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There is a New Eviction Moratorium

On September 4, the Center for Disease Control and Prevention (CDC) issued an order under its authorities due to the COVID-19 pandemic to impose a national moratorium on evictions through December 31, 2020. The moratorium will apply to all rental housing and may preclude the eviction of a mortgagor in default after foreclosure proceedings as well. The order prevents, “… any action … to remove or cause the removal of a covered person from a residential property …” but does not preclude foreclosure proceedings. The order does not preempt stricter state or local restrictions on evictions.

The order protects “covered persons” defined as:

  • Individuals who do not expect to have incomes of more than $99,000 per year or people filing jointly who do not expect to have incomes above $198,000 per year, or who received a CARES Act stimulus payment,
  • Who have used best efforts to obtain all available government housing assistance,
  • Who are unable to make full rent or housing payments due to substantial loss of household income, loss of compensable hours of work or wages, a lay-off, or extraordinary out-of-pocket medical expenses,
  • Who have made best efforts to make partial payments as close to full payments as circumstances permit, and
  • Whose eviction would likely result in homelessness or in occupying shared or congregate housing.

In order to take advantage of this moratorium, families must file a declaration with their landlord or mortgagee certifying to each element of the eligibility to be a covered person under penalty of perjury. It is not  clear whether covered persons may be required to verify or document how they meet elements of this definition.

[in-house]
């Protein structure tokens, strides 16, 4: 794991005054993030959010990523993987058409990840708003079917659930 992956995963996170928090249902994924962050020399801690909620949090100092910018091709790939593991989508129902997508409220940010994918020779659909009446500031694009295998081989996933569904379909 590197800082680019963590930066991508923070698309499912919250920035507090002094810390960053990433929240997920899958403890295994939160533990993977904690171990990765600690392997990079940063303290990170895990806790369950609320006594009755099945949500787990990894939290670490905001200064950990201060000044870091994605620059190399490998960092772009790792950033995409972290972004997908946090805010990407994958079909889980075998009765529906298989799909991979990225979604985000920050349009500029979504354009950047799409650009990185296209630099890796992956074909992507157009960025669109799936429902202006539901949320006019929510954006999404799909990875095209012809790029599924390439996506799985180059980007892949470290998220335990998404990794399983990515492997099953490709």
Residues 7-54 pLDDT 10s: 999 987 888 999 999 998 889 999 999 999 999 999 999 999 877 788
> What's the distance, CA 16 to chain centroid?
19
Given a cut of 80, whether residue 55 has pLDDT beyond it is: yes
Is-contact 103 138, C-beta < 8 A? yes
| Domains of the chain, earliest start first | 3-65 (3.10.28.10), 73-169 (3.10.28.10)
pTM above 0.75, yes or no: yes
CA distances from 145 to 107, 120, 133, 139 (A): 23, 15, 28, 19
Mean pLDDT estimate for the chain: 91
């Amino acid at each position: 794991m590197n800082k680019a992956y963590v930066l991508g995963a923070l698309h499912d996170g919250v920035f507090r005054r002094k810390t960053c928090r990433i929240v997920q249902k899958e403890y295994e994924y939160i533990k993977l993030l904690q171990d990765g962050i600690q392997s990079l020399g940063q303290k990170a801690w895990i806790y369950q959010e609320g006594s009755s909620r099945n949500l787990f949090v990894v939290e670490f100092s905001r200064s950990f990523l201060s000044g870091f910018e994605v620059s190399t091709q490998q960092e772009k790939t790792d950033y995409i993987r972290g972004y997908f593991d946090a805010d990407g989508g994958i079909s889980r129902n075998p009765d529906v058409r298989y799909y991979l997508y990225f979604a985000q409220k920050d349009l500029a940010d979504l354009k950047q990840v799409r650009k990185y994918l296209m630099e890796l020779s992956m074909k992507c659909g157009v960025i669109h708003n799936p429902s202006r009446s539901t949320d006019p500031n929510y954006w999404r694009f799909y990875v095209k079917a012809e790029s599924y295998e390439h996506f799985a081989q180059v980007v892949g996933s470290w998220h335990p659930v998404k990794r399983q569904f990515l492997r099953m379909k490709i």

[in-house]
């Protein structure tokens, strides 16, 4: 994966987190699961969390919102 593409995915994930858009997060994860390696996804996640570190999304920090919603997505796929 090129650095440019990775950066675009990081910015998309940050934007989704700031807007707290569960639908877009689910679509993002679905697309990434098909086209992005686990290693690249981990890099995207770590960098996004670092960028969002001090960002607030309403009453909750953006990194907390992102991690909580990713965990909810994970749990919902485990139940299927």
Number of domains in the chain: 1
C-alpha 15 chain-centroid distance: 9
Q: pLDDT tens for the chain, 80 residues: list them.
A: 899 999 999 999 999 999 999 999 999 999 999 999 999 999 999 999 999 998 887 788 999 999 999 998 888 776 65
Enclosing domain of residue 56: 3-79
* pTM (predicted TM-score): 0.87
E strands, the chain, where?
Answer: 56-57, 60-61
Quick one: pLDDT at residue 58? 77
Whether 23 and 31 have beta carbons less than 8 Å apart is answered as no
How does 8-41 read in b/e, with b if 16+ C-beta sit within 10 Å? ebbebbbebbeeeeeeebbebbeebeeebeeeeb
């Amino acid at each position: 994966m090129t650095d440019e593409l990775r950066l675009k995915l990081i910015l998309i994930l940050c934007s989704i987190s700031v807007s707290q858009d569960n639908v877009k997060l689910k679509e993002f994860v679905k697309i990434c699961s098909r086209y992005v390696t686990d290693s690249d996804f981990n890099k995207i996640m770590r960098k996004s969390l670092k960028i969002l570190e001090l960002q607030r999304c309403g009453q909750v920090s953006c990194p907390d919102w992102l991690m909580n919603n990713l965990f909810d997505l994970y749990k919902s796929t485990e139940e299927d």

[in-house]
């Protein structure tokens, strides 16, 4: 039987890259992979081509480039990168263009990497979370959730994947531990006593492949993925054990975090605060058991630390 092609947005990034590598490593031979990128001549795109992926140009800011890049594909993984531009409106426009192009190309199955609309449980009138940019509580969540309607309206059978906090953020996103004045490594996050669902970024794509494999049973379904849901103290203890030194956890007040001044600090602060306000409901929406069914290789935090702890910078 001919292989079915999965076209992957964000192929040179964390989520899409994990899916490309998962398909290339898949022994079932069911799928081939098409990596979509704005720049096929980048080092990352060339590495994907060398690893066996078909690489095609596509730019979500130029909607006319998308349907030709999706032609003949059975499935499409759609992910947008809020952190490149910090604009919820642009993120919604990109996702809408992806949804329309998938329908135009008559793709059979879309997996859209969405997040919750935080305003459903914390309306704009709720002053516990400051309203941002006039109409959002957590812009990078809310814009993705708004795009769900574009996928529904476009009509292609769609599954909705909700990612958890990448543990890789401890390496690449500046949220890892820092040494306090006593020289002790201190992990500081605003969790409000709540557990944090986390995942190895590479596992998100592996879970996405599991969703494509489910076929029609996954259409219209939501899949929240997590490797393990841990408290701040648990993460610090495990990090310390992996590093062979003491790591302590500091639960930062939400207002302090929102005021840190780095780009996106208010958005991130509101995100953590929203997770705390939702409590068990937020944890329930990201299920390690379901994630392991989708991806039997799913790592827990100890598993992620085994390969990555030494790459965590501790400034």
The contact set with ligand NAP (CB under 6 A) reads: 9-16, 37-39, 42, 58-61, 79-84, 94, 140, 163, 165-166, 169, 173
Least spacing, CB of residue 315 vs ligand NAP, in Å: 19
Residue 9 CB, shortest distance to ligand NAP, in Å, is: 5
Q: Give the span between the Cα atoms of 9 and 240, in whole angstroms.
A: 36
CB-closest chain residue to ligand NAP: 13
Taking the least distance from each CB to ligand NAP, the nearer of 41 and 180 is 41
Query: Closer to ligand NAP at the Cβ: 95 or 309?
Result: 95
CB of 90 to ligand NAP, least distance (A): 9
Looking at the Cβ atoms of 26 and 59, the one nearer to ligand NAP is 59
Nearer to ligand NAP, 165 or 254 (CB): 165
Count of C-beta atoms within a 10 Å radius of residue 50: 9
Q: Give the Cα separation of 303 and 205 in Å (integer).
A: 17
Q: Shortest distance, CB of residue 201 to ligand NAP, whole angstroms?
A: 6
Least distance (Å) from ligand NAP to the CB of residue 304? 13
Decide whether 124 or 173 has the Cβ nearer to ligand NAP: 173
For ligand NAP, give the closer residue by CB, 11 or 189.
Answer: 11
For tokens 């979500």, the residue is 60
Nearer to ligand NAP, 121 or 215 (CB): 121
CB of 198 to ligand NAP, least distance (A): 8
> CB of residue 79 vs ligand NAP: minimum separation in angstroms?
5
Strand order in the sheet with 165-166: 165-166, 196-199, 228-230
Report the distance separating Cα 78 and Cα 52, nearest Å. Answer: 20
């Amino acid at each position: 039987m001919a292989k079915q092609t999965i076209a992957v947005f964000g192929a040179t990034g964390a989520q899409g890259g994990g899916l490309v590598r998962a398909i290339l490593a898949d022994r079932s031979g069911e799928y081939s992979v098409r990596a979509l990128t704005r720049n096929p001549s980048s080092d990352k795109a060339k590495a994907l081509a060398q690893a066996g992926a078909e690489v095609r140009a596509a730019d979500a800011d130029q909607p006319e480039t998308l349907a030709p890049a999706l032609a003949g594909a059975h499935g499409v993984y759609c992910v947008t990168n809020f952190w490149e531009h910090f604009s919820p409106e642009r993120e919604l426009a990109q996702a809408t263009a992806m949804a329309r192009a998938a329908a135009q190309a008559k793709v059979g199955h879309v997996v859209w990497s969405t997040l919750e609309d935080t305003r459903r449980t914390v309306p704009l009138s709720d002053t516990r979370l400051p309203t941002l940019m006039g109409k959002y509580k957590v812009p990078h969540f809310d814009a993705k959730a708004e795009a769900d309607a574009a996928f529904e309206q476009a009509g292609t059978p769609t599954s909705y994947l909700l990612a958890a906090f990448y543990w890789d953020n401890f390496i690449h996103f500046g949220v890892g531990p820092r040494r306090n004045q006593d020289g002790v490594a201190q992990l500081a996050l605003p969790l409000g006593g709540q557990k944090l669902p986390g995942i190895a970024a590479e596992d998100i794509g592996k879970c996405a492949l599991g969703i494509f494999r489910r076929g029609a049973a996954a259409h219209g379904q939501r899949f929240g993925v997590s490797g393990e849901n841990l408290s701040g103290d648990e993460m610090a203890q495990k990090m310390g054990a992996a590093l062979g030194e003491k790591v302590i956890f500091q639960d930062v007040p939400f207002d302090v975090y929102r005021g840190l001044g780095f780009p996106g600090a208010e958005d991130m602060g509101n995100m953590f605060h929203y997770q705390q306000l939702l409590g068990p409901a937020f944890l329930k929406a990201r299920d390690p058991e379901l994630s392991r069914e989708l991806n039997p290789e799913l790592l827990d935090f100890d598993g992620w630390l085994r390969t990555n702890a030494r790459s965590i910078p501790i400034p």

For an individual, violation of this order – that is, taking any action to evict a household – may result in a fine of up to $100,000, one year in jail or both  if the violation does not result in a death, or a fine of up to $250,000, one year in jail or both if the violation results in a death. For an organization, violation of the order may result in a fine of up to $200,000 per event if the violation does not result in a death or $500,000 per event if the violation results in a death. These penalties would apply through prosecution by the U.S. Department of Justice.

This order raises a series of complex questions for all landlords and mortgagees and particularly for HAs with diverse portfolios of rental housing. PHADA is working to clarify a number of issues concerning the order, will discuss next steps HUD plans for implementing the order, and will publish further details in the next issue of the Advocate.

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